My Saturday morning class at Golden Bridge NYC had become the most successful I had ever taught. After just a few short months, I had a bunch of regular students and enough newcomers to make finding an empty spot on the floor difficult.
But after teaching less than a year, I had to give it all up.
I was already working full-time. Then I sold my as-yet-unwritten book to a major publisher. I knew that meant that I’d have to write, research, and report during weekends, and sometimes travel for weeks at a time. Finding the occasional substitute teacher for normal absences was already a chore. This new situation would be impossible. I realized there was no way I could maintain the level of commitment necessary to serve my students and my studio properly.
So I called Hari Kaur—the Director of Education and Training and the person responsible for wrangling the teachers at Golden Bridge NYC—to give her the news. I suggested that perhaps I could share the time slot with another teacher, but the notion didn’t go over well. And frankly, I had no I idea who that person would be anyway. I resigned, feeling I had let everybody down.
It’s been about six months since my last class. During that time, I’ve thought a lot about what it takes for modern teachers to build a solid yoga class. Continuity and commitment are obviously the most important factors in building a strong practice, a regular clientele, and a relationship with a studio. But once yoga teachers become popular, they’re often called to serve a greater student body, one that lies beyond the classroom—whether their service is through traveling, devoting more time to the business side of yoga, or investing time in creating DVDs, books, TV shows, or other products. Call it the “success conundrum.”
How do successful yoga teachers balance the needs of their original students with their far-flung ones? For many of us, sometimes the normal course of a busy life outside the yoga studio can create havoc with the teaching schedule. How do we deal with being absent from our own classes? How much time is too much time away? What’s the best way to pick substitutes? How do we deal with the dreaded drop-off in attendance that accompanies each absence and haunts each return? Above all, how do we create a balance that serves our needs and that of our students?
Desperately Seeking Subs
While I taught my Saturday class, even the casual weekend trip out of town to see family or friends became fraught with the tedious search for someone to cover for me. I didn’t know many teachers at the center and, at the time, Golden Bridge NYC didn’t have an official list of substitutes. I had to get the numbers of prospective subs a few at a time from the center. When I got a “yes,” it was usually from someone I had never met and whose teaching style I hadn’t experienced. Sometimes, when no one returned my calls, I’d have to call the studio again to get more contacts, or throw my hands up and ask for Hari Kaur’s help, which she always gave without complaint. In each case, I felt guilty.
Recently, I went back to Golden Bridge NYC to take Hari’s class and found that, like me, she had been thinking about the issue of substitutes. “We have a sub list now,” Hari told me. “Everyone will have it. If there are any changes, we’ll update it. If [teachers] get to a point where they can’t find [a sub], they’re not on the hook for it.” Although some studios take care of arranging the substitutes for their teachers, Hari says that it would be difficult for a smaller studio to handle that workload. “I’m trying now to cover a teacher whose leaving for five days,” she says, “and it’s been about four emails and two conversations already.” In a bigger studio, she says, marrying teachers with subs could be a full-time job.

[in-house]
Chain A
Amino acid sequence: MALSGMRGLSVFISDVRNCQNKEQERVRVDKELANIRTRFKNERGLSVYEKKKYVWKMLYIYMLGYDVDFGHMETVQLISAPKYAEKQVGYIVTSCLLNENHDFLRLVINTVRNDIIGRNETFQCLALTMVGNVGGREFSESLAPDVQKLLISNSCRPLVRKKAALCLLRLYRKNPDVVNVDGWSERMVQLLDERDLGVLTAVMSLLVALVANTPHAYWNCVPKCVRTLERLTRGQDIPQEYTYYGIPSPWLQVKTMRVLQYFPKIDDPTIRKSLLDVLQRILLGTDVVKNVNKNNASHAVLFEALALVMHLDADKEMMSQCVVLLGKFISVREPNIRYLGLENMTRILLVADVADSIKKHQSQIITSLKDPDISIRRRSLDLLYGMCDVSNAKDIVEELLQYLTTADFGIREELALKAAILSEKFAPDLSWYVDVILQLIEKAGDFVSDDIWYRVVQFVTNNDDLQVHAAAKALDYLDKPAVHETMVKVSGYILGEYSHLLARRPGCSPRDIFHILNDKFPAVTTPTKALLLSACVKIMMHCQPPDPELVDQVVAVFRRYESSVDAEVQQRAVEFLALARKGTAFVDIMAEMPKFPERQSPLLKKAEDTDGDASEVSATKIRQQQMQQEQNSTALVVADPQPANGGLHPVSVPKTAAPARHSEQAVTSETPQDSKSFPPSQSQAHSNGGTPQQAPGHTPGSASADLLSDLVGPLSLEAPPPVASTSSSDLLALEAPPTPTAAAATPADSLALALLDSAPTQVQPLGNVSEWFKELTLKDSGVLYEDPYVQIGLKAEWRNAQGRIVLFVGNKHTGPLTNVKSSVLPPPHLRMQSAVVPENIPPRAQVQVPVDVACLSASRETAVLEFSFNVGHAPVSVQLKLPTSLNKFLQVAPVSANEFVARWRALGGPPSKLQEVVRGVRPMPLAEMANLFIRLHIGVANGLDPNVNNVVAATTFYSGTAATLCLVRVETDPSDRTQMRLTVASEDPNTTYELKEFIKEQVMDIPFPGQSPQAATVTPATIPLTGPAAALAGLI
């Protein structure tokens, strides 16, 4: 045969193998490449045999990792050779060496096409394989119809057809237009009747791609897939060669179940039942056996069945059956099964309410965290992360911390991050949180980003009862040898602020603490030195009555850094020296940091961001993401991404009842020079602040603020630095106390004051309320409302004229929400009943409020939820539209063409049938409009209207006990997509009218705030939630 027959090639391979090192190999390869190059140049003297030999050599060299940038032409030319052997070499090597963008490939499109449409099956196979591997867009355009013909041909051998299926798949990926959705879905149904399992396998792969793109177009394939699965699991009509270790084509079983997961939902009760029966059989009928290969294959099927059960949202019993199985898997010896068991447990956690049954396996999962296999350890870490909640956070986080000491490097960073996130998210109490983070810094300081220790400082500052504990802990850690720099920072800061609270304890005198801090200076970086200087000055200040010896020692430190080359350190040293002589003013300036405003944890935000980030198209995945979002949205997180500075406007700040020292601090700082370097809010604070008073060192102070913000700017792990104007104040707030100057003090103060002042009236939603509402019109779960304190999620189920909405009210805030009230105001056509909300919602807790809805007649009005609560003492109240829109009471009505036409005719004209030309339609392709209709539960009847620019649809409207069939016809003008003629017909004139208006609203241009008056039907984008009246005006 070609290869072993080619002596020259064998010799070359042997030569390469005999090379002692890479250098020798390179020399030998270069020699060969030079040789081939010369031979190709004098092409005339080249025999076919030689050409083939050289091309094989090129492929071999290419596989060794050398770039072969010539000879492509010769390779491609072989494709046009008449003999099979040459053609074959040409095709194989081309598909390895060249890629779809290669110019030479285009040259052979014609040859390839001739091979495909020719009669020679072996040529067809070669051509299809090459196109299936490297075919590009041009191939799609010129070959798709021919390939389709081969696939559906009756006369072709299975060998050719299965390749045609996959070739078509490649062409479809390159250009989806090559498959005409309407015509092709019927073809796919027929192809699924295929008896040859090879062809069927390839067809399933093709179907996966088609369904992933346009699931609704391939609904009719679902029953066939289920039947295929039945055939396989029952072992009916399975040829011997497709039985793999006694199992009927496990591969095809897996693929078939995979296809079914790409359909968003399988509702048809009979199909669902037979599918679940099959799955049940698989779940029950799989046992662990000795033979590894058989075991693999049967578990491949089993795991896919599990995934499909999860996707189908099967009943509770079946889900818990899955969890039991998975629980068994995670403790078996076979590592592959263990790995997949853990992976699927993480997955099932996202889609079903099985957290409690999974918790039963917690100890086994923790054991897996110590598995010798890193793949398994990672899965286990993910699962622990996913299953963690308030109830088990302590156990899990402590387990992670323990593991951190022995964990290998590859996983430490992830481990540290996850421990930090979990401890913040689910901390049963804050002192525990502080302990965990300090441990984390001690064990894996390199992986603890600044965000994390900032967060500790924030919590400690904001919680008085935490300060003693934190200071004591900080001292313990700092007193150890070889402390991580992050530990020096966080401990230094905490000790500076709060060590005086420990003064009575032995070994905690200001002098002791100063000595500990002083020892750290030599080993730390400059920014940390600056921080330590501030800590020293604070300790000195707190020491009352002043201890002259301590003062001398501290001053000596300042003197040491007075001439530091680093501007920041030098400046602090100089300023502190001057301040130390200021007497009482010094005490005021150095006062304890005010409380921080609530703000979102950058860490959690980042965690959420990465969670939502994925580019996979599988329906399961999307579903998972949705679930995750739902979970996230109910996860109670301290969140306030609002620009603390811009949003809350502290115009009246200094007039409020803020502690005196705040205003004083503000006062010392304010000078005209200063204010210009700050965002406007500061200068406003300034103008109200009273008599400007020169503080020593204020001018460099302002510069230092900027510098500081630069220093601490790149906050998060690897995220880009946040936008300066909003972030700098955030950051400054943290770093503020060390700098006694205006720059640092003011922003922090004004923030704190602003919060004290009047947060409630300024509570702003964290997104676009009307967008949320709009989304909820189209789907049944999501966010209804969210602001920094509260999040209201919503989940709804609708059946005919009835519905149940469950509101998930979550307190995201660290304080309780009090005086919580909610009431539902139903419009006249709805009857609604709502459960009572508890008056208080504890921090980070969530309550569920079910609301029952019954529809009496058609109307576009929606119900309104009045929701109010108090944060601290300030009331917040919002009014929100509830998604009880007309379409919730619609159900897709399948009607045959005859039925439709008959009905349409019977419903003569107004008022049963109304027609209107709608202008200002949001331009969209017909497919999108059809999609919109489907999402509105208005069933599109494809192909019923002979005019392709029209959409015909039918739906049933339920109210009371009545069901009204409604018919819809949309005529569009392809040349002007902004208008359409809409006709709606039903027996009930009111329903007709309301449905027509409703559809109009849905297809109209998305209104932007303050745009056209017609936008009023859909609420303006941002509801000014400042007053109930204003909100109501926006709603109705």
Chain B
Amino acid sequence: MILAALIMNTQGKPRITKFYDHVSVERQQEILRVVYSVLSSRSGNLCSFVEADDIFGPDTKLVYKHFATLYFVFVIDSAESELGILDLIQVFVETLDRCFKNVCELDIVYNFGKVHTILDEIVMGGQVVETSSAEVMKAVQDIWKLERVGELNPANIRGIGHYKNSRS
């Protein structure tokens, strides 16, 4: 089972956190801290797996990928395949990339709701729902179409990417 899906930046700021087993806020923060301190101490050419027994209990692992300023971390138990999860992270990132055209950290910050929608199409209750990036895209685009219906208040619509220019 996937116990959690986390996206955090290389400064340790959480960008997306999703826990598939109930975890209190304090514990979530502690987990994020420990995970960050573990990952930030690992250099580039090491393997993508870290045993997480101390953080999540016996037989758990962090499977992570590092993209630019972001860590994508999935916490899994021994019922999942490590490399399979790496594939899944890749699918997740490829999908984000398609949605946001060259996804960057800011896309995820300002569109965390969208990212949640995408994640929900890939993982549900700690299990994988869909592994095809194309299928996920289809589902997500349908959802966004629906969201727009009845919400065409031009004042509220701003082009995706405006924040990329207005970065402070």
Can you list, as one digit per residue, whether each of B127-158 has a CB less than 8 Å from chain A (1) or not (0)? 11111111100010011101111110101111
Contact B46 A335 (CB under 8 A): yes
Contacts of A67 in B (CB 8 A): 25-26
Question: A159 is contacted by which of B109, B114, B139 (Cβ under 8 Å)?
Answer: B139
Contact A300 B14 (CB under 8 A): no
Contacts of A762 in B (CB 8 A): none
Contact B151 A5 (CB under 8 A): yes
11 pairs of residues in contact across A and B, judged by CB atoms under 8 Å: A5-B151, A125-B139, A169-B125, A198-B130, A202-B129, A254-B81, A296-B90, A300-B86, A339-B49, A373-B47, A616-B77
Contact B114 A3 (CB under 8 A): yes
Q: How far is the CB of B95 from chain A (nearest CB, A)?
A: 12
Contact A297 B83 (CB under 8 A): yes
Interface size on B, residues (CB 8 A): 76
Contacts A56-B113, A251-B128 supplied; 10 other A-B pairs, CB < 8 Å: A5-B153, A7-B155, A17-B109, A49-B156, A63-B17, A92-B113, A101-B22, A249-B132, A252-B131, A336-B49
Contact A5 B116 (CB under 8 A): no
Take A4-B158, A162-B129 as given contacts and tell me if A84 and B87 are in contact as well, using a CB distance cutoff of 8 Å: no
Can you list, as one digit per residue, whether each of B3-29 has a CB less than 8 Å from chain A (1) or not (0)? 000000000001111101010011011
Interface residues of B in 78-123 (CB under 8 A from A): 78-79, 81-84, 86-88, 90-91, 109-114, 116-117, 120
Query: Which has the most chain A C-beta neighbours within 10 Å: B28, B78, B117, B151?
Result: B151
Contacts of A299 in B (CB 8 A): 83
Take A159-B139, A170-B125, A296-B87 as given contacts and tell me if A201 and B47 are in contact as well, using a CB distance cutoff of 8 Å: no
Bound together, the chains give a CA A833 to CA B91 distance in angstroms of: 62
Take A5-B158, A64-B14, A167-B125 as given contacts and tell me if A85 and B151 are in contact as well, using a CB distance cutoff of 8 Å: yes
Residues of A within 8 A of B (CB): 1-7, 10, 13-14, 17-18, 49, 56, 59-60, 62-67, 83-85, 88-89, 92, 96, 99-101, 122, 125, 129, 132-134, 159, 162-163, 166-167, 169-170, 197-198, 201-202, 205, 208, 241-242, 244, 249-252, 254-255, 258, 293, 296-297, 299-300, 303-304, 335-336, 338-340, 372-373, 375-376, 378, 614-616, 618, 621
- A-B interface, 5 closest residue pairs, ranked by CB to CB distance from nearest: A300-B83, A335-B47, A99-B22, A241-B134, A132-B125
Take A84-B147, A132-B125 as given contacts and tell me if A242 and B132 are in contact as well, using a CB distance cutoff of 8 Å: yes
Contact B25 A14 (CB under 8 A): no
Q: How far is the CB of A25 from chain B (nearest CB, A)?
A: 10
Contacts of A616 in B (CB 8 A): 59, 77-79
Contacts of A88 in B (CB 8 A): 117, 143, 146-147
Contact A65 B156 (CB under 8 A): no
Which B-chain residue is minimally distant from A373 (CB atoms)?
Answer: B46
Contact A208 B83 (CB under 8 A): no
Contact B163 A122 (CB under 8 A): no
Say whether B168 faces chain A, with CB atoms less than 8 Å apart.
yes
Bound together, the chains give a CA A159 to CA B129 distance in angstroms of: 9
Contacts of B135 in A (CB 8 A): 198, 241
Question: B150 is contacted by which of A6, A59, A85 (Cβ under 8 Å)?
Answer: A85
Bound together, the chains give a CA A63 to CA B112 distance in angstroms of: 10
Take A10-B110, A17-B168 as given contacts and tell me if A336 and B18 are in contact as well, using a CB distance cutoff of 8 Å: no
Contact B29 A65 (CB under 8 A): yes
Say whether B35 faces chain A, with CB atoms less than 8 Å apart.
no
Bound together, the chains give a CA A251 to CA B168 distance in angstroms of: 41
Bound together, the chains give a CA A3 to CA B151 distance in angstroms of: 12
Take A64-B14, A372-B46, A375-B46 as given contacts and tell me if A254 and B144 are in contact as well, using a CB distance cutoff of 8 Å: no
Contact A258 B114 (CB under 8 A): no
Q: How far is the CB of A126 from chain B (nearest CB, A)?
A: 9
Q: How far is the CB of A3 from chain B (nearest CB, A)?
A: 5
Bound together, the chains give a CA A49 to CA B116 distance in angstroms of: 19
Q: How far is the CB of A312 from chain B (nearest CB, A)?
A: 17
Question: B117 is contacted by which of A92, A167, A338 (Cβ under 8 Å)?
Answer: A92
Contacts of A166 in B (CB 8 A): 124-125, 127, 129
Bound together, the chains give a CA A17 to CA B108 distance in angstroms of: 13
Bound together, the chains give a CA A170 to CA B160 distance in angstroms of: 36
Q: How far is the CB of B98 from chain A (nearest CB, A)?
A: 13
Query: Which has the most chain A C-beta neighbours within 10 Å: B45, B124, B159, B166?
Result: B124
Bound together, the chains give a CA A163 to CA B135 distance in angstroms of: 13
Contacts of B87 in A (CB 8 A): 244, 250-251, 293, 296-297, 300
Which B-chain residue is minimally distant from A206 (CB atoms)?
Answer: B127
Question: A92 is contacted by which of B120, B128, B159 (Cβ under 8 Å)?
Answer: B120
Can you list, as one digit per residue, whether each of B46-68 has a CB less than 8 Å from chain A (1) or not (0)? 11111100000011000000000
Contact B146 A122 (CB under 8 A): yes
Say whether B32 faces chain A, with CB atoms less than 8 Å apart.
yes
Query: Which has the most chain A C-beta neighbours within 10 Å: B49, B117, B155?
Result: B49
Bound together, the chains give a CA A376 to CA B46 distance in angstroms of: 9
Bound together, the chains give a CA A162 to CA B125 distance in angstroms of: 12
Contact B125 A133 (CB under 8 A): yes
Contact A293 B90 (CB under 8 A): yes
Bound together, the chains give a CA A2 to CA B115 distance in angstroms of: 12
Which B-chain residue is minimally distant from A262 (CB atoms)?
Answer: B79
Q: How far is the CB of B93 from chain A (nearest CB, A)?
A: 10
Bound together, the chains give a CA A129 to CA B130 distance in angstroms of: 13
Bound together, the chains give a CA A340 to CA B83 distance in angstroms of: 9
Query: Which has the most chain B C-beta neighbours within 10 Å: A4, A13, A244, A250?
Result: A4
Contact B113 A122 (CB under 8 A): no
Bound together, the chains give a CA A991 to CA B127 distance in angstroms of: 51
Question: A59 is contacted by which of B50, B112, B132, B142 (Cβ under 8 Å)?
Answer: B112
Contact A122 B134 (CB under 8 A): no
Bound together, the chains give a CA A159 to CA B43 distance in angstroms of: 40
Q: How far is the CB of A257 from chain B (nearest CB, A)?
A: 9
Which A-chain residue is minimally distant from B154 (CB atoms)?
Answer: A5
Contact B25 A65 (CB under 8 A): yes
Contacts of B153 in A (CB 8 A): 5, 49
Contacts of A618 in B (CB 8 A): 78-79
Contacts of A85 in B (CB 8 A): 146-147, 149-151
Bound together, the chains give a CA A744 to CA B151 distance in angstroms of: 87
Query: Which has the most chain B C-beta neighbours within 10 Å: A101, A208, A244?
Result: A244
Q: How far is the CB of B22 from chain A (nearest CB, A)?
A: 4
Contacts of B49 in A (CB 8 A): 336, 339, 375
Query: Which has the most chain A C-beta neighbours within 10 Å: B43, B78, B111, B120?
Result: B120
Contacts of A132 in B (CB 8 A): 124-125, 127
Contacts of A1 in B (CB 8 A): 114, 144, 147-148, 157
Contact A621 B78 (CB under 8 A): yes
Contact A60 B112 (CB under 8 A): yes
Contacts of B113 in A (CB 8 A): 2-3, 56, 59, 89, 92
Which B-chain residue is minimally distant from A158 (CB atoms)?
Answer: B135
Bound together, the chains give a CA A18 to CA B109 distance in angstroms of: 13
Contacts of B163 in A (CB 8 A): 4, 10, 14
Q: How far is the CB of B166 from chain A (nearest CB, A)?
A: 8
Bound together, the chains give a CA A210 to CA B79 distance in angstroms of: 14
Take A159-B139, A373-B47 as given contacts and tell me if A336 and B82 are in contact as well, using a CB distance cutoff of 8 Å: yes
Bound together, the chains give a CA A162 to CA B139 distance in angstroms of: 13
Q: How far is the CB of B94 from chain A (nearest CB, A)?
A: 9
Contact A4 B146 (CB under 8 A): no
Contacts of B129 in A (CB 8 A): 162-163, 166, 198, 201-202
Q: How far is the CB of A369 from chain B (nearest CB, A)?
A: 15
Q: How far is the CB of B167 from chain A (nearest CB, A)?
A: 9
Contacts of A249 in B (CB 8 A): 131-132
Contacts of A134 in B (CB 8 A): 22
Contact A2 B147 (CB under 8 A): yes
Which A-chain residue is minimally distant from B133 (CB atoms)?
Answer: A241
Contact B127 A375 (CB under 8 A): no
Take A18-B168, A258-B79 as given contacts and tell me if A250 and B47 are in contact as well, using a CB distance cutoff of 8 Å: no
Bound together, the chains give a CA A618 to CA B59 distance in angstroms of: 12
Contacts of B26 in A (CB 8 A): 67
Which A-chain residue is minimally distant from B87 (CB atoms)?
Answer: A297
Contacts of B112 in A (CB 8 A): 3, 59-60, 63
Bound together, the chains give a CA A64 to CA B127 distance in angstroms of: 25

But at what point is a teacher gone too often? “Once a month would make me think,” Hari replies. “Twice a month would make me say, ‘We have to reorganize this situation.'”
To Tell or Not To Tell
When popular teachers miss their own classes, their substitutes often face students who are surprised, disappointed, and sometimes angry.
“Your heart’s a little broken at first,” says Linda Banes, a student at Golden Bridge NYC.
For many years, it was the policy of yoga studios like Golden Bridge NYC and its namesake, the original Golden Bridge in Los Angeles, not to inform students when teachers would be going away. Megan Shaw is an entertainment lawyer who used to work Golden Bridge’s front desk as a volunteer. She explains, “They would say, ‘It’s not about the teacher, it’s about the practice'”—despite the fact that many students were upset when the teacher they came to see wasn’t there.
Spiritual justifications aside, there is a more practical reason why many yoga studios feel they have to remain silent about substitutes: the financial ramifications of drop-off.
Anna Getty has been a Kundalini and pregnancy yoga teacher at Golden Bridge in Los Angeles for many years. As a regular substitute for Gurmukh Kaur Khalsa, the center’s owner and main draw, she saw Gurmukh’s class numbers dwindle during her frequent trips. But now that Getty’s own profile is increasing, with her new books and DVDs scheduled to arrive on the market this year, she’s dealing with drop-off too. “A lot of great things are happening with my career,” Getty says. “So I go and do what I need to do. When I’m gone for three weeks, I come back and I have three students. And it’s like, ‘Here we go again, we have to start from square one.'”